top of page

Nearly HALF of all speed cameras in England and Wales are INACTIVE: How does your region fair?

Updated: Oct 12, 2023

Startling figures recently obtained through a freedom of information (FOI) request by Road Angel have shed light on the inactive state of speed cameras across England and Wales. The data shows that approximately 46% of fixed speed cameras across the two regions are currently not in operation, raising concerns about the enforcement of speed limits and road safety in some areas.

The FOI request revealed shocking results, indicating that thousands of motorists who exceed speed limits may evade penalties due to inactive cameras. Of the eight fixed speed cameras in Northamptonshire, none were found to be operational. Meanwhile, Gwent, located in southeast Wales, had only one active speed camera out of the 31 installed.

Further analysis of the FOI request showed that six out of thirteen police forces had more than half of their speed cameras standing inactive. Derbyshire emerged as the region with the highest number of out-of-action speed cameras, with 93 out of 113 rendered unusable, leaving only 20 capable of catching speeding motorists. Essex and Devon & Cornwall also face similar issues, with at least 40% of their speed cameras deemed ineffective.

Only two areas, namely Dyfed-Powys in Wales and Suffolk, reported all their speed cameras to be in working order. However, both regions have a limited number of devices, with just four each. The West Midlands showcased commendable performance, with only 5% of their speed cameras standing inactive out of a total of 65 devices in operation.

Leicestershire and Cambridgeshire were among the regions struggling with a high number of inactive speed cameras. Leicestershire, with a total of 18 fixed speed camera sites, had only four functioning devices, rendering 78% of the cameras inactive. Cambridgeshire reported 17 out of 46 speed cameras within the region as inactive. Neighbouring Bedfordshire, however, fared better, with only 8% of their devices out of operation.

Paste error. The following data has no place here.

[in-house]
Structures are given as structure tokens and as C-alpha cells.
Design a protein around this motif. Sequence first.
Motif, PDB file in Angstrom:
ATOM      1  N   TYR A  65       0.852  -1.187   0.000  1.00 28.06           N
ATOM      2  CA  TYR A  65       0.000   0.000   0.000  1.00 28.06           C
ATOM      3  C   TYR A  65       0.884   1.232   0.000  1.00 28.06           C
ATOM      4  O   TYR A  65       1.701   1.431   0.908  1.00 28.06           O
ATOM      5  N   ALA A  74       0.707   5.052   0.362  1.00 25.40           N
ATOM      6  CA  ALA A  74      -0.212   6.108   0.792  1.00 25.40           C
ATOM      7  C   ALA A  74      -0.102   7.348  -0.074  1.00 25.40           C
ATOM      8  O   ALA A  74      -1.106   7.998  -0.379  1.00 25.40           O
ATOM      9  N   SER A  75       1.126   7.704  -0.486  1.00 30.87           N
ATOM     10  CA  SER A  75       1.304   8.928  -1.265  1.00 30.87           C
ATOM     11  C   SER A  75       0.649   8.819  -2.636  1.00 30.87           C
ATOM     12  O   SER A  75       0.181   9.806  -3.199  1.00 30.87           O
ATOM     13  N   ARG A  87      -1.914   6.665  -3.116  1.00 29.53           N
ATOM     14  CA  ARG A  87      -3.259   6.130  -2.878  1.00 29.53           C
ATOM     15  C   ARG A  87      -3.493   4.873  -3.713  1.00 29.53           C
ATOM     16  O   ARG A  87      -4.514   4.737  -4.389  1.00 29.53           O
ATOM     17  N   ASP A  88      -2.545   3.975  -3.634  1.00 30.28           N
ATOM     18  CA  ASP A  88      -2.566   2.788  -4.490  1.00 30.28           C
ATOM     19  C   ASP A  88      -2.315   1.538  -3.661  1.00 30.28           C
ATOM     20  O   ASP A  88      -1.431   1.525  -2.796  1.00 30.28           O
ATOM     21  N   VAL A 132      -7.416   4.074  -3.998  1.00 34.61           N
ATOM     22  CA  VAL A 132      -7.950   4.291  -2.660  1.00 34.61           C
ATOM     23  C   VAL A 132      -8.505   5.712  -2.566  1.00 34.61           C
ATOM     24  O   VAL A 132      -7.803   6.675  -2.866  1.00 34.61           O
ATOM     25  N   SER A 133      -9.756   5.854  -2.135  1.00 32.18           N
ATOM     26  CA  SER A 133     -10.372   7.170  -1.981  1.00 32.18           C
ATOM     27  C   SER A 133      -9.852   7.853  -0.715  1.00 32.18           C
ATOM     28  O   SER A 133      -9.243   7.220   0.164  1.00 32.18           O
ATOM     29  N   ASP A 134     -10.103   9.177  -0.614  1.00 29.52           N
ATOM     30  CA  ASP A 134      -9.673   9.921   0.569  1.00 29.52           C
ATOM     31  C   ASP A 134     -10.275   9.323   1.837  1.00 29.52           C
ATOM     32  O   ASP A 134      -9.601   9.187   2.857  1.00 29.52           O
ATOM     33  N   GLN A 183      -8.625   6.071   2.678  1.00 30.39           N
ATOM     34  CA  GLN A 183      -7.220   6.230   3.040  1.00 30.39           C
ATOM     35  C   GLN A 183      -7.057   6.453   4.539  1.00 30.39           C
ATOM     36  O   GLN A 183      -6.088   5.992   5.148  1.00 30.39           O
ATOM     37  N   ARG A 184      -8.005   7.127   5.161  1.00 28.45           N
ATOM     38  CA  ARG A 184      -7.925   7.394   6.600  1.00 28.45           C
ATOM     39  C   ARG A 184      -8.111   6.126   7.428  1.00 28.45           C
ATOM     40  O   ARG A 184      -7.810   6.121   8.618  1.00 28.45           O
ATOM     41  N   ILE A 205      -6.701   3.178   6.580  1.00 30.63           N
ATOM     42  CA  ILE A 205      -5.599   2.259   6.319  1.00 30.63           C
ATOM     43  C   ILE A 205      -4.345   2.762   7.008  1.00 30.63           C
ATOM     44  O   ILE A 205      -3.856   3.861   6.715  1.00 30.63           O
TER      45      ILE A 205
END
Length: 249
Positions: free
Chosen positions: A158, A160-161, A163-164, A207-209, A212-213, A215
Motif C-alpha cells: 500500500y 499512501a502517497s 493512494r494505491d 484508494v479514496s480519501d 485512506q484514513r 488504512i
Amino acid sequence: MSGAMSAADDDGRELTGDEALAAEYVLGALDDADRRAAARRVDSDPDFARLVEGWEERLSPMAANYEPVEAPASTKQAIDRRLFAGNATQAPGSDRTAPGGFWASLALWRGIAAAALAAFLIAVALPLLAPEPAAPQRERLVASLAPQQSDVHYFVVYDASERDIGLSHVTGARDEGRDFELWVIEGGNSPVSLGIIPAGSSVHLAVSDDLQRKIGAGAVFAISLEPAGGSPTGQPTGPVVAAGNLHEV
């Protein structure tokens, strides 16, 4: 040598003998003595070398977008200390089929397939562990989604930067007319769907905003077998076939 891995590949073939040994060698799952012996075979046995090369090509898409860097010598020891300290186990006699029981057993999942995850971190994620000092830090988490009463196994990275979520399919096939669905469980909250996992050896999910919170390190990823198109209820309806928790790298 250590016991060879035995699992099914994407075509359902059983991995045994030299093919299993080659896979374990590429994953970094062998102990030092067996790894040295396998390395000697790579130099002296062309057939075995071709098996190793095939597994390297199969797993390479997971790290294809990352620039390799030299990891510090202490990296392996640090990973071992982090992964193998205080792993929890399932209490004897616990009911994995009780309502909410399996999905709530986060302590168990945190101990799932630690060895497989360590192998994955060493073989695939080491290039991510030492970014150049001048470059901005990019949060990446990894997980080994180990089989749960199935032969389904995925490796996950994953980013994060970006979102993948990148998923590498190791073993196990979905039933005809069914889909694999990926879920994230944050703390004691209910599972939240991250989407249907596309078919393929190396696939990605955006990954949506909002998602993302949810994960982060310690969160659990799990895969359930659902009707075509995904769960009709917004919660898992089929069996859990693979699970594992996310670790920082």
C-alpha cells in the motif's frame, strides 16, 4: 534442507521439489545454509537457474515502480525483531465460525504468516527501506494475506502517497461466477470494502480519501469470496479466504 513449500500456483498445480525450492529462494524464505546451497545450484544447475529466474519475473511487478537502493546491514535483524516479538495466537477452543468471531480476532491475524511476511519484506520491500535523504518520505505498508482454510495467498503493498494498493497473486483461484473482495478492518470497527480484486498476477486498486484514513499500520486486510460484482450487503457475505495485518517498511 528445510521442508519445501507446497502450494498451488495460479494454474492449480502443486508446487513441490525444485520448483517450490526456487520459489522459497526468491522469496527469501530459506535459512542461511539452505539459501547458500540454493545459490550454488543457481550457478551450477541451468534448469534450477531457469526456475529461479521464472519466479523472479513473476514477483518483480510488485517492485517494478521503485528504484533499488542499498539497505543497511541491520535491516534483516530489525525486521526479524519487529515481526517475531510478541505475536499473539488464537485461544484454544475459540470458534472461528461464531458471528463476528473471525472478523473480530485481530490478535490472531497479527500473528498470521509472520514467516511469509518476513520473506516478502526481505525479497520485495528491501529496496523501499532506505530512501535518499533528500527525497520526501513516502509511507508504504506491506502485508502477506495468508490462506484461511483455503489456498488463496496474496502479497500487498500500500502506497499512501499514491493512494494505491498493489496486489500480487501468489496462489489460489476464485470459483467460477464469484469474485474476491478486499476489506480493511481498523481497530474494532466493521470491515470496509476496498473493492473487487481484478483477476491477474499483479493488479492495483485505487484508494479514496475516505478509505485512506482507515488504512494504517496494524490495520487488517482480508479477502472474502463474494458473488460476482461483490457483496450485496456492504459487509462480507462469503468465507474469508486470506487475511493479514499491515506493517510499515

Road safety experts now urgently call upon UK police forces, councils, and the Government to ensure the full functionality of speed cameras. Exceeding speed limits or driving too fast has been identified as a contributing factor in 25% of collision fatalities throughout the country. Experts argue that operational speed cameras play a crucial role in penalising those who violate speed limits, encouraging motorists to adhere to safe driving practices, and ultimately making roads safer for everyone.

Gary Digva, Founder of road safety experts Road Angel, said: “It’s shocking to see how many speed cameras across the country are standing inactive and are letting speeding motorists get away with driving dangerously.

“In total with all of the police forces who responded to our Freedom of Information request, there are 1069 fixed speed cameras across the country. Out of this, there are 496 inactive speed cameras.

“This means that almost half of speed cameras on our roads are out of operation (46%).

“We are urging local authorities and police forces to ensure speed cameras are fully working to catch speeding motorists who may be driving recklessly by breaking the limit.

“This in turn will help to reduce the number of dangerous drivers and help to keep our roads safer for everyone.

Table credit: Road Angel

“As it stands, speeding on the road is a contributing factor for 25% of fatalities - and motorists who break the legal limit need to be penalised so they further recognize the importance of sticking to the speed limits.

“However, with such high numbers of inactive devices, thousands of drivers are getting away with speeding every day.

“The UK police force, councils and the government must take action on making sure these fixed speed cameras are fully operational.”


Subscribe to our newsletter. Receive all the latest news

Thanks for subscribing!

thumbnail_phonto (1).jpg
bottom of page